Black Superstars Pitch Adidas Shoes. Its Black Workers Say They’re Sidelined.

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n the United States, Adidas has built much of its name — and sales — through its association with black superstars. In the 1980s, the seminal hip-hop group Run-DMC gave the company’s sneakers and apparel cultural cachet through its song “My Adidas.” Popular black athletes and entertainers like James Harden, Candace Parker and Kanye West endorse its products.

In April, Adidas announced a new partnership with Beyoncé Knowles. Ms. Knowles posted a photo on Instagram that showed her reclining on a pile of Adidas sneakers and wearing a red Adidas bodysuit. The image was liked more than seven million times.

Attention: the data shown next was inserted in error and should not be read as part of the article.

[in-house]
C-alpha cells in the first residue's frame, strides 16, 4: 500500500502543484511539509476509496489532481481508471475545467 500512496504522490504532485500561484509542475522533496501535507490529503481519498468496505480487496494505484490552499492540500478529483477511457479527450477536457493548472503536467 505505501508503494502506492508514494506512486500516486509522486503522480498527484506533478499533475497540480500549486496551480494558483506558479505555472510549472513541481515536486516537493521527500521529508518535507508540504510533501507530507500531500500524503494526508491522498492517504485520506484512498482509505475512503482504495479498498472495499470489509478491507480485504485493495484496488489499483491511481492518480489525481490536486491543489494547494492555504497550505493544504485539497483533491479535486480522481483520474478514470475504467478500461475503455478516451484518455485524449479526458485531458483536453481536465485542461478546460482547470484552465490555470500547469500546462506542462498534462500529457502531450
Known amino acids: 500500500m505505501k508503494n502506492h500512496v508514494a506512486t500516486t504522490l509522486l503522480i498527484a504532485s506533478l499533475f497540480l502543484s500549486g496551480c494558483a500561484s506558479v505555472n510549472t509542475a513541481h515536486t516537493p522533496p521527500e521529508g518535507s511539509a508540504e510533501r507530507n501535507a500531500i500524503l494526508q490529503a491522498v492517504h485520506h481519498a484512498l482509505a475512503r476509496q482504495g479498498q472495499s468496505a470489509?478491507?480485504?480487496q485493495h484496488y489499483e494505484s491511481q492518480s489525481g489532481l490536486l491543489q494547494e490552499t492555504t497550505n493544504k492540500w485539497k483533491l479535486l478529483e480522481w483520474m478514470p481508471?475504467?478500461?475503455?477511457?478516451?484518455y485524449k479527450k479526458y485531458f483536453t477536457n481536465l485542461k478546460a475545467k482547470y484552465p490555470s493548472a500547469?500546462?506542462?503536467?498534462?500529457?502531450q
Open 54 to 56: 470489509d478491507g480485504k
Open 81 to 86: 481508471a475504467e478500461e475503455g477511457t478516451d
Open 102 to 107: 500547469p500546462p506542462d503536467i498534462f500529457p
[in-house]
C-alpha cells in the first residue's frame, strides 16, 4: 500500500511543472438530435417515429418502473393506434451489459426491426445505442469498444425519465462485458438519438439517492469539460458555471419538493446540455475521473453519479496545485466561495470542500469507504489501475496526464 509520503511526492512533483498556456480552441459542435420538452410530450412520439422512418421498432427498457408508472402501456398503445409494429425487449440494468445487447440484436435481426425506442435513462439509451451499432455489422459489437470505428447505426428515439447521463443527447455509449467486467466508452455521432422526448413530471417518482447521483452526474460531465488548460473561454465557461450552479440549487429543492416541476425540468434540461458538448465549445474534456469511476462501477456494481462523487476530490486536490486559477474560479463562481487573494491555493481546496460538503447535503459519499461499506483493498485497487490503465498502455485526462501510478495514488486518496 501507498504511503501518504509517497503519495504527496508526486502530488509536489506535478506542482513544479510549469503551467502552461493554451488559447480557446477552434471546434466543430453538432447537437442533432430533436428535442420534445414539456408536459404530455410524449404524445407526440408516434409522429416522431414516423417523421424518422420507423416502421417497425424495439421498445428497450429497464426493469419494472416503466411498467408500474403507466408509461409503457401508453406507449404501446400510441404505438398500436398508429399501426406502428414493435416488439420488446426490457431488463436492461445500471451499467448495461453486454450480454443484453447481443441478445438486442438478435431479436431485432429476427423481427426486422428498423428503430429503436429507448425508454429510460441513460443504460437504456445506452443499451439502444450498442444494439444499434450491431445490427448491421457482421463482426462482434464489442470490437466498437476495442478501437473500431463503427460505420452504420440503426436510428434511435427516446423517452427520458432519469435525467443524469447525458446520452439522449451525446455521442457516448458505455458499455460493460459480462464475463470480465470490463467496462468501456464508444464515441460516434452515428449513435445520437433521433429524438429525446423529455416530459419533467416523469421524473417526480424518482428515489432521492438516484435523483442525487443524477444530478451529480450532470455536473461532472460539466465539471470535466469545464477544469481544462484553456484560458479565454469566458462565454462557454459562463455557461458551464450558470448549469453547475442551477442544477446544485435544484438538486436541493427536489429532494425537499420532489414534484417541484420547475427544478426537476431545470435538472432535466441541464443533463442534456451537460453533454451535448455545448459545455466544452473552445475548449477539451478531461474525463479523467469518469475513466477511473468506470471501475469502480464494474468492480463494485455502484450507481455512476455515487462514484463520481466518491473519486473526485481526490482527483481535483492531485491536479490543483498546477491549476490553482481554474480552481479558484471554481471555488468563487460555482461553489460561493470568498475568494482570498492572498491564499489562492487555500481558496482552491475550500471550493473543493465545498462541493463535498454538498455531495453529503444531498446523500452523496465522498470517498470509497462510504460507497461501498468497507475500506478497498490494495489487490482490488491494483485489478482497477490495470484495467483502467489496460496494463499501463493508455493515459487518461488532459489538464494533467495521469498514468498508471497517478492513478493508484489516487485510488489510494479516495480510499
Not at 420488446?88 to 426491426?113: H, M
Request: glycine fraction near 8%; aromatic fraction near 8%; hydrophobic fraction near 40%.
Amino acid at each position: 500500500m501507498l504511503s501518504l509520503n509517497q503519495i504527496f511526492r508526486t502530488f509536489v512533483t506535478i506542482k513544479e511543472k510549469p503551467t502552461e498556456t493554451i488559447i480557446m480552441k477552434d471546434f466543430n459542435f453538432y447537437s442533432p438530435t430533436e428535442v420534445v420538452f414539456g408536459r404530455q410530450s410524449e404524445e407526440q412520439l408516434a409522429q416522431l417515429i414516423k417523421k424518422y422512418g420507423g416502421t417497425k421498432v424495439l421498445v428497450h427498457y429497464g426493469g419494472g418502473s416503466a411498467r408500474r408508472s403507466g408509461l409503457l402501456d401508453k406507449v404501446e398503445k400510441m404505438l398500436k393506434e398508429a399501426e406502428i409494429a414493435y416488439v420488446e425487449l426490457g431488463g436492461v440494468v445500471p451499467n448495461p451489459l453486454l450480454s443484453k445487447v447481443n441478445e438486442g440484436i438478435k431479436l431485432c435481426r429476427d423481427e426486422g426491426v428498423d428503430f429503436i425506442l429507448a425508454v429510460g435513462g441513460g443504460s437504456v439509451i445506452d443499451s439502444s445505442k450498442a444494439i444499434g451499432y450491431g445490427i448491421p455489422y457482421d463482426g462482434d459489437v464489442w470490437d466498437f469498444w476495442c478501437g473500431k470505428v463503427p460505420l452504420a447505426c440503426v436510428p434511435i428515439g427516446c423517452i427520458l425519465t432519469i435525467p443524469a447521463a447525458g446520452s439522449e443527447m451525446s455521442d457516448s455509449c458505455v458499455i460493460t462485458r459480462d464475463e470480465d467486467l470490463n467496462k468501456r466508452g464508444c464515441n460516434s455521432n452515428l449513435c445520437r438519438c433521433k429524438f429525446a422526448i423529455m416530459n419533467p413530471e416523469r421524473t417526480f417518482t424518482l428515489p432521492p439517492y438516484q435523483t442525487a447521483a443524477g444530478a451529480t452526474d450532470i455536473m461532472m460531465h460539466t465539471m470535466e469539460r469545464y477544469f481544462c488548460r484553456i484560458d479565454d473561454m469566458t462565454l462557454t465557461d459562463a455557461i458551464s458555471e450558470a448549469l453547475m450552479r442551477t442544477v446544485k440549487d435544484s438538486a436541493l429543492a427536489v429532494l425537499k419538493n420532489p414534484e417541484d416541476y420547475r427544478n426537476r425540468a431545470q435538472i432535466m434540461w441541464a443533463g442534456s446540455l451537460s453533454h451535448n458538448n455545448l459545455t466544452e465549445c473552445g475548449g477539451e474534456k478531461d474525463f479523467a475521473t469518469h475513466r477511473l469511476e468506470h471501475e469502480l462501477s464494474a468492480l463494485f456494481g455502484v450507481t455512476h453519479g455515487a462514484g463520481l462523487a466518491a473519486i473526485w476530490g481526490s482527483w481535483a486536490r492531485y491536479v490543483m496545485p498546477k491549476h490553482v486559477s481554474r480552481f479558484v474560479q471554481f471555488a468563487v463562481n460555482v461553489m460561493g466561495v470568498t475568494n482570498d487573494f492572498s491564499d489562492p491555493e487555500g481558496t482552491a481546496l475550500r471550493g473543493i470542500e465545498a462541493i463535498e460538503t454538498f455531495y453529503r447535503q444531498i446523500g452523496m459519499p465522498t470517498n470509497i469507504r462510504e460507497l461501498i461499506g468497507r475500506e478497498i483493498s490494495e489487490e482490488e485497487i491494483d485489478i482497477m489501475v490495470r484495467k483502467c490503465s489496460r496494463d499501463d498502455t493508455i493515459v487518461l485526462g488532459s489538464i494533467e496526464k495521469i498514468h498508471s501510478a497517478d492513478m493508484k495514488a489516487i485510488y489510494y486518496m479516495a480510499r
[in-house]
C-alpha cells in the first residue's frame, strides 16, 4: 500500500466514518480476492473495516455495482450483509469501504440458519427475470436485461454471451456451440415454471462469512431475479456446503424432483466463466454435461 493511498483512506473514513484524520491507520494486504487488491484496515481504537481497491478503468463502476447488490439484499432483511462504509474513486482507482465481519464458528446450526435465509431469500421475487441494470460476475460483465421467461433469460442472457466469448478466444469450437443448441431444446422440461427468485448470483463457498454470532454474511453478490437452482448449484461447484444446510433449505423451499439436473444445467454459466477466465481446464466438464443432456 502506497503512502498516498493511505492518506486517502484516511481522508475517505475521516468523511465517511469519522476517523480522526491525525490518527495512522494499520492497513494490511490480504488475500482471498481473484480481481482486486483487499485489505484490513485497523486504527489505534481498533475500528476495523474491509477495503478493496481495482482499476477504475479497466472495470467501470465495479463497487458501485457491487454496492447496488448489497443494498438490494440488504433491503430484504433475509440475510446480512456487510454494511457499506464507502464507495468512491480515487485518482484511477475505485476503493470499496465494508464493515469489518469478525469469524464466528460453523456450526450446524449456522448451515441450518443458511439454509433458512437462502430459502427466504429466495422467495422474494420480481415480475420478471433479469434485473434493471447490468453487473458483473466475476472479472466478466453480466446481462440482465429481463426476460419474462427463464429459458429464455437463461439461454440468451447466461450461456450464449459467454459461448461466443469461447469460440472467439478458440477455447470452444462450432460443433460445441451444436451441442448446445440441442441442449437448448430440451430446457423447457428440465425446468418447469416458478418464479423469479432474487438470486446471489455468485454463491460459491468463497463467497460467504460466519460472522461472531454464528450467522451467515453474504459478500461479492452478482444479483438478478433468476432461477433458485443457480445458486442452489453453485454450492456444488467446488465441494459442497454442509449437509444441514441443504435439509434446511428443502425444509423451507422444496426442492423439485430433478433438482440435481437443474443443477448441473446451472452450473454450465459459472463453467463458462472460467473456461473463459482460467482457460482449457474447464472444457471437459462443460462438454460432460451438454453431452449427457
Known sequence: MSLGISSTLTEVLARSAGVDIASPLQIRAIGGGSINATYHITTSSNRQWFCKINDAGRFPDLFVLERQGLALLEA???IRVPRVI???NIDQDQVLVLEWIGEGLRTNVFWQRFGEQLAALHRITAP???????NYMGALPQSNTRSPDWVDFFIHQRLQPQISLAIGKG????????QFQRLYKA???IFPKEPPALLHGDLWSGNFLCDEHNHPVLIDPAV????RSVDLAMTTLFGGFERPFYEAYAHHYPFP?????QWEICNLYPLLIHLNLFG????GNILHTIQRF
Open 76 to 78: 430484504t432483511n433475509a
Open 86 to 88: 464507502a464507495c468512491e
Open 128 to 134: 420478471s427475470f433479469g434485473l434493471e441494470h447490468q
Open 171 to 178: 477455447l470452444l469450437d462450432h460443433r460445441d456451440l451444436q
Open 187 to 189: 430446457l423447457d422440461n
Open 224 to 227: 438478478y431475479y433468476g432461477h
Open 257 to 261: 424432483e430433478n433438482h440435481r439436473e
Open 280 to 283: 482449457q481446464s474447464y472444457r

Black employees at the company’s North American headquarters in Portland, Ore., however, describe a workplace culture that contradicts the brand’s image. Interviews with more than 20 current or former Adidas employees show the company’s predominantly white leadership struggling with issues of race and discrimination. On the campus, known as Adidas Village, the employees say, race is a constant issue, leaving the relatively few black employees often feeling marginalized and sometimes discriminated against. (read more)

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